A guide to the valley of flowers & Hemkund Sahib

A DIY Guide to the Valley of Flowers & Hemkund Sahib Treks

Last year, during the monsoons, I traveled to Uttarakhand for the two treks that I had been anticipating to do for a long time – to the Valley of Flowers national park and Hemkund Sahib.

I was not sure if this whole DIY idea was good at all. But not only did I pull it off successfully, I spent just about 4000 INR including both the treks, traveling all the way from Bangalore!

So here is the DIY guide to the valley of flowers and Hemkund sahib treks, including the costs and stays.

A DIY guide to the valley of flowers and Hemkund Sahib treks

I’m considering Rishikesh as the starting point for the trek since most of the treks begin from there. Allow yourself up to 7 to 8 days so that you can keep a day or two as a buffer in case rain interrupts. It will surely rain since it is the monsoon season, but if it’s heavy then it becomes impossible to trek.

Day 1| Rishikesh to Joshimath, Joshimath to Govind Ghat

Travel from Rishikesh to reach Joshimath, which is about 250 km away. It takes 8 to 10 hours depending on the mode of transport.

How to reach Joshimath from Rishikesh: The buses begin at 4 AM and there are 2 or 3 direct buses per day. Public buses are limited and the last bus leaves around 5:15 AM. The cost is under 300 INR (even lesser, I don’t remember)

Make sure to reach early, maybe by 4 AM itself. I reached the bus stand at 5:30 AM and missed the last bus. So I had to spend some extra money for the shared jeep.

Shared Jeep: The TATA sumo or taxis/jeeps are another option to reach Joshimath. I paid 400 INR after many bargains. The driver initially quoted 600 INR, and that’s what he charged the foreigners. Of course, the locals paid lesser than me.

Where to board the bus/jeep: The bus station at Rishikesh is away from the center of the town and since it would too early in the morning to reach the bus stand (you can still board from the station, but you’ll end up paying more for the taxi to reach there!), you can wait near Tapovan, just after Lakshman Jhula.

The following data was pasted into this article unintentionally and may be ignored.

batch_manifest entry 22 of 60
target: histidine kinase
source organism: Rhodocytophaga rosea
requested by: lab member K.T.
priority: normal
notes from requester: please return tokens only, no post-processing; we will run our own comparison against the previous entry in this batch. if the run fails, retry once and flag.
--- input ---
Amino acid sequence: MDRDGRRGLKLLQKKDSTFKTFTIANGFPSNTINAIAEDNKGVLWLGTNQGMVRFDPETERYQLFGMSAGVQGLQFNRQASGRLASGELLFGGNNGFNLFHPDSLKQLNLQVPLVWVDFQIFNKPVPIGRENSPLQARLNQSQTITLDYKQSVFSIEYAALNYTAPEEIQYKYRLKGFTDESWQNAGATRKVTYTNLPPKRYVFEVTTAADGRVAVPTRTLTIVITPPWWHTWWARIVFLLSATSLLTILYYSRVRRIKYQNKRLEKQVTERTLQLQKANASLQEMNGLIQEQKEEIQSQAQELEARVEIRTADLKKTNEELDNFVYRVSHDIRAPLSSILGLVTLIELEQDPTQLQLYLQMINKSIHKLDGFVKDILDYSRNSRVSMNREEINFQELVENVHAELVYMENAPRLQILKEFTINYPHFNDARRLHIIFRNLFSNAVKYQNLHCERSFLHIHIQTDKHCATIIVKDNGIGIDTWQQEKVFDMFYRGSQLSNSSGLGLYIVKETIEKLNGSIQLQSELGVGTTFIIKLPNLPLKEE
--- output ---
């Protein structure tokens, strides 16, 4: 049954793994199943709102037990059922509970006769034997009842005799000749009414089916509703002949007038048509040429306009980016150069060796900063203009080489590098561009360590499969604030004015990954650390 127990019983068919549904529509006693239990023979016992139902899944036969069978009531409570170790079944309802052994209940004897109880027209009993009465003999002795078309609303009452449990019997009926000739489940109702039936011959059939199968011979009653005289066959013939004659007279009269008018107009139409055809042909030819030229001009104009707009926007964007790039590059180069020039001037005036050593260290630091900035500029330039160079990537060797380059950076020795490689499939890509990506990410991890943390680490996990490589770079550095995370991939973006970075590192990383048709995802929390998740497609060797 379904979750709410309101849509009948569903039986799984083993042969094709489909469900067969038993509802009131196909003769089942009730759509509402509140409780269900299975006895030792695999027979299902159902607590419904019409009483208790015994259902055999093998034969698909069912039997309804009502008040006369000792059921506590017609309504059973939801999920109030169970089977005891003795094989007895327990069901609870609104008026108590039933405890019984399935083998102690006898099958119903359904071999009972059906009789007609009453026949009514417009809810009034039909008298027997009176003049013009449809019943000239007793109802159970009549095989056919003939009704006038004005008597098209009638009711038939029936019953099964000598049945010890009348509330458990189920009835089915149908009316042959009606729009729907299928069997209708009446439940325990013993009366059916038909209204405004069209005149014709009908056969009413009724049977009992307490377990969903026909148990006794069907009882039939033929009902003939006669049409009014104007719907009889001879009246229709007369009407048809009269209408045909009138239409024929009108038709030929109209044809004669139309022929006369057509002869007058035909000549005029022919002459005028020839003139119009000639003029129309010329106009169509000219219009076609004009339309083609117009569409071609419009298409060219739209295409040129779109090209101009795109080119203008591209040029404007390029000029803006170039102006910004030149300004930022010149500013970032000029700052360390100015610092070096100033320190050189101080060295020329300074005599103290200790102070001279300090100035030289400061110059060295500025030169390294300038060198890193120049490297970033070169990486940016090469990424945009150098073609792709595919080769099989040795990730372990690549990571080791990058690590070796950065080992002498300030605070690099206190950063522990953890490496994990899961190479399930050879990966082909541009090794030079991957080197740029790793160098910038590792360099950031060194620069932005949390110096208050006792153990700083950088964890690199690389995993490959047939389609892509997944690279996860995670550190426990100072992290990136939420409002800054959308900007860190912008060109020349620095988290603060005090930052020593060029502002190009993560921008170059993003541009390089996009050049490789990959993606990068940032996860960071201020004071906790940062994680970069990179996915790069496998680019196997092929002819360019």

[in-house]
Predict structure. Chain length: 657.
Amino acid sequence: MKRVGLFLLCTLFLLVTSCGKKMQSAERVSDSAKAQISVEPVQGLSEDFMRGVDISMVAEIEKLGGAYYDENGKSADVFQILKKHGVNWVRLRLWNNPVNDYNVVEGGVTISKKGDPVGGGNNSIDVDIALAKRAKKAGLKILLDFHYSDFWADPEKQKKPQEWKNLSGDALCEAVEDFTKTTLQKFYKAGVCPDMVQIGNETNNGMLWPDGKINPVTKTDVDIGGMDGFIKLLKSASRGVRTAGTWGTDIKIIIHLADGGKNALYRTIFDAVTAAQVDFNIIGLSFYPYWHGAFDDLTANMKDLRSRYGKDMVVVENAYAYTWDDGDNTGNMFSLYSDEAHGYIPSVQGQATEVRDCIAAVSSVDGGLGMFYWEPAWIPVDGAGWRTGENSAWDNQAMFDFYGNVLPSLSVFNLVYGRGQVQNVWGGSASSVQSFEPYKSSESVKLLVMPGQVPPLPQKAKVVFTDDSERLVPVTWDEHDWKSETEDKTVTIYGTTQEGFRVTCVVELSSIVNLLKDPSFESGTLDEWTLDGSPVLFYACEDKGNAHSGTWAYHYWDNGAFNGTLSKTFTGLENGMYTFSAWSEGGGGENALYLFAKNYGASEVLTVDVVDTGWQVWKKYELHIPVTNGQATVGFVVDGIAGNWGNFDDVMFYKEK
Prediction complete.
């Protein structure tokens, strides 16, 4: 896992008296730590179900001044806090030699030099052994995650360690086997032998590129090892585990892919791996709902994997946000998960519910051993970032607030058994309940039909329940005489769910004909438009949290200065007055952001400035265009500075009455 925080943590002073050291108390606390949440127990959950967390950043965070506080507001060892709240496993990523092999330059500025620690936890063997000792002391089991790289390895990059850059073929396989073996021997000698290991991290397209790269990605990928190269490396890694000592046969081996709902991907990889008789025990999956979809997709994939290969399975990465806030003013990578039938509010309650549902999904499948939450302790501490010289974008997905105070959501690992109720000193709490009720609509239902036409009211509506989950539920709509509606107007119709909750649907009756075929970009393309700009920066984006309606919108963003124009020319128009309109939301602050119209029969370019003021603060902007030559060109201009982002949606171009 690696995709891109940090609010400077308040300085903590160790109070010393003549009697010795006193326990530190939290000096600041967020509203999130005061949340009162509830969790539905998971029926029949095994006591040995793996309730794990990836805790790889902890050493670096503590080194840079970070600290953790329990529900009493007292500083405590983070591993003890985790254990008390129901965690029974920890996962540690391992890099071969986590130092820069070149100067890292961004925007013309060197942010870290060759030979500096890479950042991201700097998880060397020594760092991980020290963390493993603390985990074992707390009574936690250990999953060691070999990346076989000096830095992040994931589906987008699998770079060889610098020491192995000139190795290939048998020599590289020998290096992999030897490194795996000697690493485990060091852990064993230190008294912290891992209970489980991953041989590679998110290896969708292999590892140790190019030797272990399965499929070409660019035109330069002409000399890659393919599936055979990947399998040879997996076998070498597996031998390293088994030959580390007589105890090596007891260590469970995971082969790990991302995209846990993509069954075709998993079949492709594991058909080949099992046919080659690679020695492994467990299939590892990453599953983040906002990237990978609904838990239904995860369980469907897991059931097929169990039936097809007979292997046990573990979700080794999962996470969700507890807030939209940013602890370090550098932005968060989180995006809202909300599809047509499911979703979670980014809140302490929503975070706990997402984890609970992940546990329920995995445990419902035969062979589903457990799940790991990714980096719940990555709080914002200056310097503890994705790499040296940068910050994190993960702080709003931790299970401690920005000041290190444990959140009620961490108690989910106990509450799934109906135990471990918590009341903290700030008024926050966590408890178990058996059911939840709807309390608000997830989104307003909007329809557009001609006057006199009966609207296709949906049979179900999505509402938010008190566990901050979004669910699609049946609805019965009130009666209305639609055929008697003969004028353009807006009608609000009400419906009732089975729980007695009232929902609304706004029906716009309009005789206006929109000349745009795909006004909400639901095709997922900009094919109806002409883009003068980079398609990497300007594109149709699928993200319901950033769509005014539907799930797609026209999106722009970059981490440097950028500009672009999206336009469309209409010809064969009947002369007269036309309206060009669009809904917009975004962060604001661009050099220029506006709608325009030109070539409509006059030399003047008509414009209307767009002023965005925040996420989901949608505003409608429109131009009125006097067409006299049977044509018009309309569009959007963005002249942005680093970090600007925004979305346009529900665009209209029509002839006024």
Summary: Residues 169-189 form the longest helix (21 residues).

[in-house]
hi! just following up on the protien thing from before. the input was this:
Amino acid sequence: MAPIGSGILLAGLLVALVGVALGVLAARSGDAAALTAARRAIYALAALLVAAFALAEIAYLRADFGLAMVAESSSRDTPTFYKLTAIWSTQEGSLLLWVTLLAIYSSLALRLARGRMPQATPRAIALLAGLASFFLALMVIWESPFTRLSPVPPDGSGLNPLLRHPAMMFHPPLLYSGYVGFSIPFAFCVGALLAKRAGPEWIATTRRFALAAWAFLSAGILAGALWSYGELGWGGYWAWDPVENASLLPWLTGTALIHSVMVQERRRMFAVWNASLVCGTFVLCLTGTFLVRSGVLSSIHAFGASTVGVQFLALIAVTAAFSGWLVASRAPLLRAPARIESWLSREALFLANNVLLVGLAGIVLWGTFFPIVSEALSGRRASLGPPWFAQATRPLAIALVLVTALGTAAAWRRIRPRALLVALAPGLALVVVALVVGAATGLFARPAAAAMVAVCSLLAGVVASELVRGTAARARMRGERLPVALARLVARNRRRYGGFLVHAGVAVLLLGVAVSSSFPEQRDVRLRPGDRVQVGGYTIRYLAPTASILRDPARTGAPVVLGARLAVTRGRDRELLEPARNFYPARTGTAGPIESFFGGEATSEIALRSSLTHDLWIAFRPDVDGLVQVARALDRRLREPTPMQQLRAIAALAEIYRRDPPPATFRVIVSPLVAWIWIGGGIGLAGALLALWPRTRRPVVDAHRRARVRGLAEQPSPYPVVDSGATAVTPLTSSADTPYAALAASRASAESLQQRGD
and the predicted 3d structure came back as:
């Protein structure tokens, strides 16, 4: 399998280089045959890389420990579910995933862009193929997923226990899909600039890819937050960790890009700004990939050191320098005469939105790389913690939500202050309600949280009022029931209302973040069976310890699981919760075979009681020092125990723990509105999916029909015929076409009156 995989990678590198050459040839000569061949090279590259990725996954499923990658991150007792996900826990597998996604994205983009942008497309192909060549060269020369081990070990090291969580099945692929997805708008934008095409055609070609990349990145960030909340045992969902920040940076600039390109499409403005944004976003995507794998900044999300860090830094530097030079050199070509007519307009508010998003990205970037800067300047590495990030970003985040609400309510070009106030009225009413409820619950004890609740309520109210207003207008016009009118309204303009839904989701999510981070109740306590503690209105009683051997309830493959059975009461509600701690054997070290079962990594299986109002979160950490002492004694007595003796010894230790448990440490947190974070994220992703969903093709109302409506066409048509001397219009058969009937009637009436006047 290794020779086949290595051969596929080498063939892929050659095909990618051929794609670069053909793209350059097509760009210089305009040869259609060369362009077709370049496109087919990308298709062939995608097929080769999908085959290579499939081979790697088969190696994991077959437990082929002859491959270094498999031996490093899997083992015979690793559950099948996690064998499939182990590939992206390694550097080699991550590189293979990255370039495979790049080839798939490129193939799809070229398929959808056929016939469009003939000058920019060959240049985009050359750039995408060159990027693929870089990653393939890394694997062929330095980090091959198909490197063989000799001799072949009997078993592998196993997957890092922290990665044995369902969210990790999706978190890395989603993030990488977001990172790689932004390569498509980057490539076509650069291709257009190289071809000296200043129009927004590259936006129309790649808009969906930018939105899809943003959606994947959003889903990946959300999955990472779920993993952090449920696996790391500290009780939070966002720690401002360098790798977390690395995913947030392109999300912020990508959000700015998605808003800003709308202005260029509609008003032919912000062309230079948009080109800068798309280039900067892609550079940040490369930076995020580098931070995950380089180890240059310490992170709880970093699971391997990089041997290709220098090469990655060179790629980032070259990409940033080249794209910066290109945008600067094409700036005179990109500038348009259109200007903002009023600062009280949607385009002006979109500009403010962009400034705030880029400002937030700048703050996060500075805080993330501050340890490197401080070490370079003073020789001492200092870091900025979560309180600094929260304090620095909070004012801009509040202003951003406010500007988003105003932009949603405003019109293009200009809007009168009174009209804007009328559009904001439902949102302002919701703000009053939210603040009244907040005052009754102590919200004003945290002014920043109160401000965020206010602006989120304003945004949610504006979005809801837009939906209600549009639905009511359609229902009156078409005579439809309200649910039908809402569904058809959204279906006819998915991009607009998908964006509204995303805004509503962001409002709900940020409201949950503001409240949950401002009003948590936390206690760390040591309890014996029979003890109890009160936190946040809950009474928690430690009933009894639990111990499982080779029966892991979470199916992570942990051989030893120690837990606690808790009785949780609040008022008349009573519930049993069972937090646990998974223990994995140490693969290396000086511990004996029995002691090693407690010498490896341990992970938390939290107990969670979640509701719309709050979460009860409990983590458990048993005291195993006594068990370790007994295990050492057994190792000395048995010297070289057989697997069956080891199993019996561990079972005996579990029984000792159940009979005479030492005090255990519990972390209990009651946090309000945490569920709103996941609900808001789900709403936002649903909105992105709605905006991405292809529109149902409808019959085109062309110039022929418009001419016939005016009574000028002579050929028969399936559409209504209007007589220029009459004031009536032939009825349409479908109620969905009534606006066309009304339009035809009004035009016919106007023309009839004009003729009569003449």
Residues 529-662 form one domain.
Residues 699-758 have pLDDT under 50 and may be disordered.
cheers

“It is always the same with the mountains. Once you have lived with them for any length of time, you belong to them. There is no escape.” These words by Ruskin Bond sums up the enduring effect of the mountains have on me. The sense of belonging that I felt after traveling for so long to be here, amidst these hills, it was as if the heart aches to come back – may be to find something it’s looking for. I don’t know what it seeks, for I just intend to follow the heart. #quotes #ruskinbond #wanderlust #instagramming_india #india #indiatravel #nofilter #travelbloggers #thesologlobetrotter #Uttarakhand #uttaranchal #valleyofflowers #devbhoomi #mountains #himalayangeographic #himalayas #nature #happy #travelgirl #solotravel #ig_myshot #india_clicks #wanderlusting #nomad #clouds #storiesofindia #travelgram #instatravel #incredibleindia #ig_india

The views are a treat throughout the journey from Rishikesh!

There is a small police chowk after Lakshman Jhula. Both the buses and jeeps pick up from there. There is no signboard, but you can check with the locals for the bus stop – everyone knows the place.

Joshimath to Govind Ghat: Govind Ghat is a small village located ahead of Joshimath, which is also the place to start the trek for those heading to Hemkund Sahib. Once you reach Joshimath, take a shared jeep to Govind Ghat. It should not take you more than 150 INR. It takes about half an hour to 40 minutes to reach Govind Ghat.

Ideally, you should be reaching Govind Ghat latest by say 8 PM. If you take a jeep to Joshimath, they usually drop to Govind Ghat as well, so discuss it along. They might quote an extra sum, but haggle to include it under 400 INR.

Tip: Ensure that you start your day early, preferably by 4 AM to make it to Govind Ghat by evening. The weather is totally unpredictable in the mountains, and roadblocks are common. I started my day at 5:30 AM and made to Govind Ghat at 7 PM with two roadblocks in the villages that took away about 1.5 hours.

Where to Stay: Govind Ghat has many budget and small hotels, and the price varies from 300 INR to 500 INR for a night. There are many places for food, and finding a restaurant isn’t a problem.

I stayed in the Gurudwara at Govind Ghat as I wanted to get a glimpse of the culture, which was a great experience. Plus, I had enforced a strict treks-on-a-tight-budget rule for this trip!

Joshimath: In case you can’t make it to Govind Ghat, don’t sweat. It is an hour away and it means you have to cover that one hour by starting early the next day. There are many budget stays and modern hotels in Joshimath, which is a relatively bigger town.

The government run GMNV guest houses are pretty cheap, with dorm beds at 100 to 150 INR. They are hygienic and well-maintained. There are 2 GMNV houses – one at the centre, and the other in upper Joshimath. You can call them on the same day or a day before and block your stay. Check this website for complete details.

Day 2 | Govind Ghat to Ghangaria

The actual trek starts here. Start your day at 6 AM to Ghangaria village, which is the base camp for the two treks. The total distance from Govind Ghat to Ghangaria is about 12 km. There are shared cabs that go to 4 km.

There is a bridge in Govind Ghat, which also has a check post. Here you are mandatorily required to submit your details to register first. Shared cabs are parked right to next to it. It takes about 20 minutes to cover 4 km.